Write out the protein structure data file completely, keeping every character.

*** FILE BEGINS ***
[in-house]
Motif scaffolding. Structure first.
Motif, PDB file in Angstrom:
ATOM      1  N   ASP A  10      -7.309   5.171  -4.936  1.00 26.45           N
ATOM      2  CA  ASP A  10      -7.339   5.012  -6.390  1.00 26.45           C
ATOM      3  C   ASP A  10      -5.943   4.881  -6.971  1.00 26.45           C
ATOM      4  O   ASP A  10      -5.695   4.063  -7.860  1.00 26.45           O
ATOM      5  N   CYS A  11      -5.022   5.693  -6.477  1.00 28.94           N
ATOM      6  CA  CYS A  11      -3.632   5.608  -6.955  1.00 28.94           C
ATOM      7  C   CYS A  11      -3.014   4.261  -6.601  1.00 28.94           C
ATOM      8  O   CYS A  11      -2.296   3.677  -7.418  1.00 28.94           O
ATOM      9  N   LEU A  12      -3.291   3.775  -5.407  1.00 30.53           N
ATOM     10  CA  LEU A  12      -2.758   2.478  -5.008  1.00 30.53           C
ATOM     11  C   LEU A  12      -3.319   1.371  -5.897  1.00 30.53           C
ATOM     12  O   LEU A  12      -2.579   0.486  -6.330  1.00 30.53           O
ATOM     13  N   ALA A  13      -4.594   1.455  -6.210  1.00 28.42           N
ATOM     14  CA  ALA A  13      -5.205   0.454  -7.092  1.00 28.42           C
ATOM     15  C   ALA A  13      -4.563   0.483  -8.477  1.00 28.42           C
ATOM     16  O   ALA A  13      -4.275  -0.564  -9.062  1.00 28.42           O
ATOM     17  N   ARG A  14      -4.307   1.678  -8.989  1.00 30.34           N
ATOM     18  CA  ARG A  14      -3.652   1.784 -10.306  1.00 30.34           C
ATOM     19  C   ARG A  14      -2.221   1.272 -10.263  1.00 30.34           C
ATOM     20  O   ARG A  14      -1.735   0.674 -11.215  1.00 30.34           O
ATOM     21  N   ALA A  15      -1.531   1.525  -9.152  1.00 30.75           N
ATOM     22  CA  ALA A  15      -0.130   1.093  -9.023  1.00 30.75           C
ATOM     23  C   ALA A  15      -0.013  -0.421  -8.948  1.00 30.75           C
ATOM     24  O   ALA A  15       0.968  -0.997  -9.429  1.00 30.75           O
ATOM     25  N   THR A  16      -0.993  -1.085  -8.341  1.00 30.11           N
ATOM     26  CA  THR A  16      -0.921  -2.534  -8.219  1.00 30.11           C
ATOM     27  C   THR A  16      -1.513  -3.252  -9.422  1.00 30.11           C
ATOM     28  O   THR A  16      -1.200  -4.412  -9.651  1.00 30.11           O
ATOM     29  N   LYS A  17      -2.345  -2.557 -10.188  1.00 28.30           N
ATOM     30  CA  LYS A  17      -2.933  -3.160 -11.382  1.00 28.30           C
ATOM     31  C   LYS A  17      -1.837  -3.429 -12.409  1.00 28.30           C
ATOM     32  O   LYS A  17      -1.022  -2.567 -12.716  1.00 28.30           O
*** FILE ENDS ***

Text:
[in-house]
Motif scaffolding. Structure first.
Motif, PDB file in Angstrom:
ATOM      1  N   ASP A  10      -7.309   5.171  -4.936  1.00 26.45           N
ATOM      2  CA  ASP A  10      -7.339   5.012  -6.390  1.00 26.45           C
ATOM      3  C   ASP A  10      -5.943   4.881  -6.971  1.00 26.45           C
ATOM      4  O   ASP A  10      -5.695   4.063  -7.860  1.00 26.45           O
ATOM      5  N   CYS A  11      -5.022   5.693  -6.477  1.00 28.94           N
ATOM      6  CA  CYS A  11      -3.632   5.608  -6.955  1.00 28.94           C
ATOM      7  C   CYS A  11      -3.014   4.261  -6.601  1.00 28.94           C
ATOM      8  O   CYS A  11      -2.296   3.677  -7.418  1.00 28.94           O
ATOM      9  N   LEU A  12      -3.291   3.775  -5.407  1.00 30.53           N
ATOM     10  CA  LEU A  12      -2.758   2.478  -5.008  1.00 30.53           C
ATOM     11  C   LEU A  12      -3.319   1.371  -5.897  1.00 30.53           C
ATOM     12  O   LEU A  12      -2.579   0.486  -6.330  1.00 30.53           O
ATOM     13  N   ALA A  13      -4.594   1.455  -6.210  1.00 28.42           N
ATOM     14  CA  ALA A  13      -5.205   0.454  -7.092  1.00 28.42           C
ATOM     15  C   ALA A  13      -4.563   0.483  -8.477  1.00 28.42           C
ATOM     16  O   ALA A  13      -4.275  -0.564  -9.062  1.00 28.42           O
ATOM     17  N   ARG A  14      -4.307   1.678  -8.989  1.00 30.34           N
ATOM     18  CA  ARG A  14      -3.652   1.784 -10.306  1.00 30.34           C
ATOM     19  C   ARG A  14      -2.221   1.272 -10.263  1.00 30.34           C
ATOM     20  O   ARG A  14      -1.735   0.674 -11.215  1.00 30.34           O
ATOM     21  N   ALA A  15      -1.531   1.525  -9.152  1.00 30.75           N
ATOM     22  CA  ALA A  15      -0.130   1.093  -9.023  1.00 30.75           C
ATOM     23  C   ALA A  15      -0.013  -0.421  -8.948  1.00 30.75           C
ATOM     24  O   ALA A  15       0.968  -0.997  -9.429  1.00 30.75           O
ATOM     25  N   THR A  16      -0.993  -1.085  -8.341  1.00 30.11           N
ATOM     26  CA  THR A  16      -0.921  -2.534  -8.219  1.00 30.11           C
ATOM     27  C   THR A  16      -1.513  -3.252  -9.422  1.00 30.11           C
ATOM     28  O   THR A  16      -1.200  -4.412  -9.651  1.00 30.11           O
ATOM     29  N   LYS A  17      -2.345  -2.557 -10.188  1.00 28.30           N
ATOM     30  CA  LYS A  17      -2.933  -3.160 -11.382  1.00 28.30           C
ATOM     31  C   LYS A  17      -1.837  -3.429 -12.409  1.00 28.30           C
ATOM     32  O   LYS A  17      -1.022  -2.567 -12.716  1.00 28.30           O